Over the last week, I’m sure everyone with a Facebook and Twitter account has been bombarded with self-taken photos of bare-faced women (and the occasional man).
The reason for the sudden influx of ‘selfies’? They have been brought together by a simple hashtag know as #nomakeupselfie.
This hashtag is being used to raise awareness for cancer. Since its birth, more than £8 million has been donated to Cancer Research UK, with donations being made to other countries’ cancer research foundations including Ireland and even Australia.
— BBC Trending (@BBCtrending) March 19, 2014
This is undoubtedly an astounding accomplishment, and it has all been created through social media. However, does the end justify the means?
Firstly, let’s clarify that this ‘campaign’ did not originate from Cancer Research UK. The trend was unintentionally initiated by US author Laura Lippman, as she tweeted a photo of herself without makeup in support of actress Kim Novak, who was criticised for her plastic surgery at this year’s Academy Awards.
In the span of a week, it somehow got linked to cancer.
Far too many of these ‘selfies’ have been a tool for social media junkies to draw much wanted attention to themselves, showcasing their ‘support’ for cancer research.
Or did they just forget to donate when deciding on a filter?
This raises the issue of a thing called ‘slacktivism’.
This modern term is a combination of the words ‘slacker’ and ‘activism’, to emotively describe the not so fine art of offering one’s support for a cause with minimal effort, thus having no practical effect other than to make themselves feel good about their ‘contributions’.
— Dr Orna Young (@ornayoung) November 24, 2013
With the rise in social media, society has been flawed with the notion that ‘likes’ on Facebook and Instagram, and ‘retweets’ on Twitter actually have an impact on activism.
It may have an impact on one’s psyche, but once the laptop is closed and the phone has been put down, what has the excessive thumb-pressing achieved?
Yes, social media grabs more attention than any one real life event could, but it does no good when one’s audience consists of those who are hiding safely behind their phones and computers, waiting to show off their ‘support’.
Nothing is achieved.
Actually going out in real life (or ‘irl’ if you prefer), and actively making an effort to contribute to something, such as a charity run, means so much more than any form of slacktivism.
The Age Run Melbourne raised more than $1.7 million, and The Leukemia Foundation’s Light The Night event raised more than $1.3 million, both last year. These are just a couple of Australia’s successful campaigns for charity.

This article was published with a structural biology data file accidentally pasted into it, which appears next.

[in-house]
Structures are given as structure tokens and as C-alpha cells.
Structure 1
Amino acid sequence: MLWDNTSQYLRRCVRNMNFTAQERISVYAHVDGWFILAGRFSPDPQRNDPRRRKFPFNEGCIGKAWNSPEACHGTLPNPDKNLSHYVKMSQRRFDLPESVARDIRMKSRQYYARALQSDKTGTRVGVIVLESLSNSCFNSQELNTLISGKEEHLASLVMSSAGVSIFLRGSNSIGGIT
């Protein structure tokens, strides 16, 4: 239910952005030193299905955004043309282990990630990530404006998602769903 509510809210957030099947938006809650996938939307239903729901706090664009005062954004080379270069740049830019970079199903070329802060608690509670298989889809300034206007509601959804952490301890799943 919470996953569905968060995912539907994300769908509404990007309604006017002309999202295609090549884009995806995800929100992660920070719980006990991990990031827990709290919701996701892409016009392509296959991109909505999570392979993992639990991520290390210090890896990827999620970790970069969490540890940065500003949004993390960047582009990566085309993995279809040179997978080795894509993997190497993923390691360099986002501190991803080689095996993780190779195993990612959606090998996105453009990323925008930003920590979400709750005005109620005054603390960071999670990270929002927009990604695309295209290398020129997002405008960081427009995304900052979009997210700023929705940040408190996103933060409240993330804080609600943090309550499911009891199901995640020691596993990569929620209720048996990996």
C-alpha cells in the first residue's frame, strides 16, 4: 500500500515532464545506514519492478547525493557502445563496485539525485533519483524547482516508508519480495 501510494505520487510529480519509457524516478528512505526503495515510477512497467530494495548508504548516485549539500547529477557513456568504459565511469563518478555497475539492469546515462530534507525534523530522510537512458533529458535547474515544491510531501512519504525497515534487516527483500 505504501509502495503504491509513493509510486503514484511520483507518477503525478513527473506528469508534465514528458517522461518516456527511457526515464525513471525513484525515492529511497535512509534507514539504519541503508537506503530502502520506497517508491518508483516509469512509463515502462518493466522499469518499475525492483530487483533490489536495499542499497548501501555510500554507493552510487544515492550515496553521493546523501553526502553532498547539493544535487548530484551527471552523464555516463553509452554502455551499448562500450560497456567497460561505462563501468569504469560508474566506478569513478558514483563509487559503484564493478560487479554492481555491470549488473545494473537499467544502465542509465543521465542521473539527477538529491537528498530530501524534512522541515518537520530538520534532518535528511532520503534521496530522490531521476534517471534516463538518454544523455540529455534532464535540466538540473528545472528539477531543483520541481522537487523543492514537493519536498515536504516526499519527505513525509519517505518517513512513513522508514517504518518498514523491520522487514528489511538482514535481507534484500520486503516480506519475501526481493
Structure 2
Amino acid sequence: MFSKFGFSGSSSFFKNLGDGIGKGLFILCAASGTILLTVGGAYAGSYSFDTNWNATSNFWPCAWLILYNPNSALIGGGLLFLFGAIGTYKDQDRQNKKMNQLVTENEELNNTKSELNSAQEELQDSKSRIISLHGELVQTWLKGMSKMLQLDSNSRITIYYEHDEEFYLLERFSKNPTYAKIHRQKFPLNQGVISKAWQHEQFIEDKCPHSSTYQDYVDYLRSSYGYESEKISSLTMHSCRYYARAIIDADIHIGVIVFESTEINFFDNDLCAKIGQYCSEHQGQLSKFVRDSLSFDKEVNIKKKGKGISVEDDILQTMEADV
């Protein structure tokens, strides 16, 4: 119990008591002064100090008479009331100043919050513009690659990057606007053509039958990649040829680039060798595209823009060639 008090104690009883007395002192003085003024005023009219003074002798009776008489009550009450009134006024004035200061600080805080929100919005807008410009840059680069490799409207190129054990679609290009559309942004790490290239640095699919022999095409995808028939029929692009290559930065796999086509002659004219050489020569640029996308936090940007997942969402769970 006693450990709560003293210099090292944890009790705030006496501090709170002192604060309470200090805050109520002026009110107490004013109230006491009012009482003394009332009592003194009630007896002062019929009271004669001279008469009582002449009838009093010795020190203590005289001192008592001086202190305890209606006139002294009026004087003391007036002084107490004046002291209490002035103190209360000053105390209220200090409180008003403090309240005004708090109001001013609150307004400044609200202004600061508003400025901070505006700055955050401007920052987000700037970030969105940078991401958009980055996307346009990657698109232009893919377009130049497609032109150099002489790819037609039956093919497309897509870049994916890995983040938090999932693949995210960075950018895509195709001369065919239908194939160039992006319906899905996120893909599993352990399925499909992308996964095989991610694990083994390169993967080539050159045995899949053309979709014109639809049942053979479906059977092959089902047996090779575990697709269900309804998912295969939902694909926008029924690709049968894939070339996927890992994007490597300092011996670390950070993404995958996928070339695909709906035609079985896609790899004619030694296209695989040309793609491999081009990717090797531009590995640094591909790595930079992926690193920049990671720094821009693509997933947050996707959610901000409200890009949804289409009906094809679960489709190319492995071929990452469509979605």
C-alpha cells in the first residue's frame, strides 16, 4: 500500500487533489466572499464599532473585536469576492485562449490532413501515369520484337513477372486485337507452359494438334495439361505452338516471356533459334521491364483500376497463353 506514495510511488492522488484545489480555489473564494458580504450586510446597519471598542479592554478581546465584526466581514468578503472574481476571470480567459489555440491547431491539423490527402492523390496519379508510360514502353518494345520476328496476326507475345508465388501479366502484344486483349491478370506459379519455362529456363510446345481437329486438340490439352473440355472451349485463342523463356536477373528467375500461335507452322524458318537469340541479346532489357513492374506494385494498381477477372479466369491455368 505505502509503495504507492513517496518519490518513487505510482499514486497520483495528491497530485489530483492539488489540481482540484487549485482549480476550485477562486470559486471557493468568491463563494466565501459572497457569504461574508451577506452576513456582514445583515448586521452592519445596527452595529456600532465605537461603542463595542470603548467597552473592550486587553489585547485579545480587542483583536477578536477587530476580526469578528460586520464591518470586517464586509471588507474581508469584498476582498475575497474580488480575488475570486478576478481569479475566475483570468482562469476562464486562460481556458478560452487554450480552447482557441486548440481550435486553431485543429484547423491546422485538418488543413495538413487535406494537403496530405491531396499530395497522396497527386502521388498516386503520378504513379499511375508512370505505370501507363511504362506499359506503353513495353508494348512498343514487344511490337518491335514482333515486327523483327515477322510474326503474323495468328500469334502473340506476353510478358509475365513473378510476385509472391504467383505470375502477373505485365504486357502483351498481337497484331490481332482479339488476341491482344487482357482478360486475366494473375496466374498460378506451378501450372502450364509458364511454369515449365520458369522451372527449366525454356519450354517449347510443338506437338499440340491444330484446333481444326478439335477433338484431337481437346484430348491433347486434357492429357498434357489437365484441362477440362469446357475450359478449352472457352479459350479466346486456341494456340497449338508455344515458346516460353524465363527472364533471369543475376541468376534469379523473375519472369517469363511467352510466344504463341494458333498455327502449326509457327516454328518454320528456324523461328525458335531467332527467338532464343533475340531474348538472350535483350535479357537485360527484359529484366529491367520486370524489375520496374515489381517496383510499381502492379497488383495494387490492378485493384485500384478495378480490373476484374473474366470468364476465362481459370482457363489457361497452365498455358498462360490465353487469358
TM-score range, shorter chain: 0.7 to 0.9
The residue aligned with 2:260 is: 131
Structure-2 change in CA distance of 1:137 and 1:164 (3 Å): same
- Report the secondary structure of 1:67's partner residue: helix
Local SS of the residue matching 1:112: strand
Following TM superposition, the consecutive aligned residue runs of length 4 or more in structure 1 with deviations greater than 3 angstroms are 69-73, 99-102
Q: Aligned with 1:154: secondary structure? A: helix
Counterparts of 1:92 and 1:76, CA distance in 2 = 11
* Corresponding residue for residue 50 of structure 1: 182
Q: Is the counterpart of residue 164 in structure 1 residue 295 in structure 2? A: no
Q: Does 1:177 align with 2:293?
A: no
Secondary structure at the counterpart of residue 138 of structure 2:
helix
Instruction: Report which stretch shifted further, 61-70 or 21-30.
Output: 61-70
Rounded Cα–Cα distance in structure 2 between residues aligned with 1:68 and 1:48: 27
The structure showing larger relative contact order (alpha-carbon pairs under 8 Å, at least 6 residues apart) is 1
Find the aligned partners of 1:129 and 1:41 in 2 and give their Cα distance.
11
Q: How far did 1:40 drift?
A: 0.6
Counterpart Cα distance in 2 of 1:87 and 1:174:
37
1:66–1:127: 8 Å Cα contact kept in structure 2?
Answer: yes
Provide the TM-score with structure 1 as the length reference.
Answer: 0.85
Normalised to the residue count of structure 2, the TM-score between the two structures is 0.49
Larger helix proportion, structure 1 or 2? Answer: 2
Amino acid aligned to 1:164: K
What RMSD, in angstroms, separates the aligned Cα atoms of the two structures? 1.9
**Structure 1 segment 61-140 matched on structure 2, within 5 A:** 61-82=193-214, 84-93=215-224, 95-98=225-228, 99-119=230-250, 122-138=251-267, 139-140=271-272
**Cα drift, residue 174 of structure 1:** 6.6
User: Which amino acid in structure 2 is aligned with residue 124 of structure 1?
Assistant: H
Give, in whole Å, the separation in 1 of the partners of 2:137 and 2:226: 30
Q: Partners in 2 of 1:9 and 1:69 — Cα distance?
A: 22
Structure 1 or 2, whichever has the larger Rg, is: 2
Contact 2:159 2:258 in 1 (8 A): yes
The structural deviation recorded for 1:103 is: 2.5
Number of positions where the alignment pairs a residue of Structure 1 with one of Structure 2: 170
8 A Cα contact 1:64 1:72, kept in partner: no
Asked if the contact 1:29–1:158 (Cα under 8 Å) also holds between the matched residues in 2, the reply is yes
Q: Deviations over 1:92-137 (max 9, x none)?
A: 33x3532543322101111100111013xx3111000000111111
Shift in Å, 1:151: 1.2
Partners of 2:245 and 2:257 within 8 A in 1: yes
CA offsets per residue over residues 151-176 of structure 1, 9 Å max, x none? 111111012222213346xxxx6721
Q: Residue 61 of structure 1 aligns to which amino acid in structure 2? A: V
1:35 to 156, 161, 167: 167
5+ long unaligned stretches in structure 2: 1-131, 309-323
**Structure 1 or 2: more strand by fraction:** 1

We know that genuine activism works, so why not pursue it?
There is no doubt that social media is a powerful tool that will continue influencing people’s lives, as well as human culture. It has the potential to contribute to activism as we know it to be; however, it’s how we use it that makes the difference.
So, here are some ways to turn today’s slacktivists into activists through the use of social media:
Let them take their selfies
Let’s face it, everyone loves a good selfie. Why not start our own trend where we take selfies of us actually contributing to real life activism? So many people want to brag about how much they care about an issue, let’s show off what we’re doing to make an impact!
We’ve all used the Check-in function on Facebook to let everyone know where we are on a Saturday night, even though we may not know ourselves after several drinks. Let’s use it to advocate activism by checking in to some real life events, encouraging others to join us!
Hashtags get to more people, but regular tags get to the right people!
When on Twitter, be bold and tweet people directly. Why waste your time seeking the attention of people who may just ‘favourite’ your tweet when you can contact someone who will want to reply, know more and get involved? Remember, it’s called ‘social media’ for a reason; use your social skills as you would in real life.
Take it offline
When behind a computer, the only way that people can truly contribute to a cause (that doesn’t fall under slacktivism) is to donate money. Attending real-life events allows one to offer their support in more ways, that would be easier on our wallets.
Encourage others to join you! Don’t send them an invite to an event via Facebook; that’s so impersonal. Talk to them directly and get them involved. That’s real activism!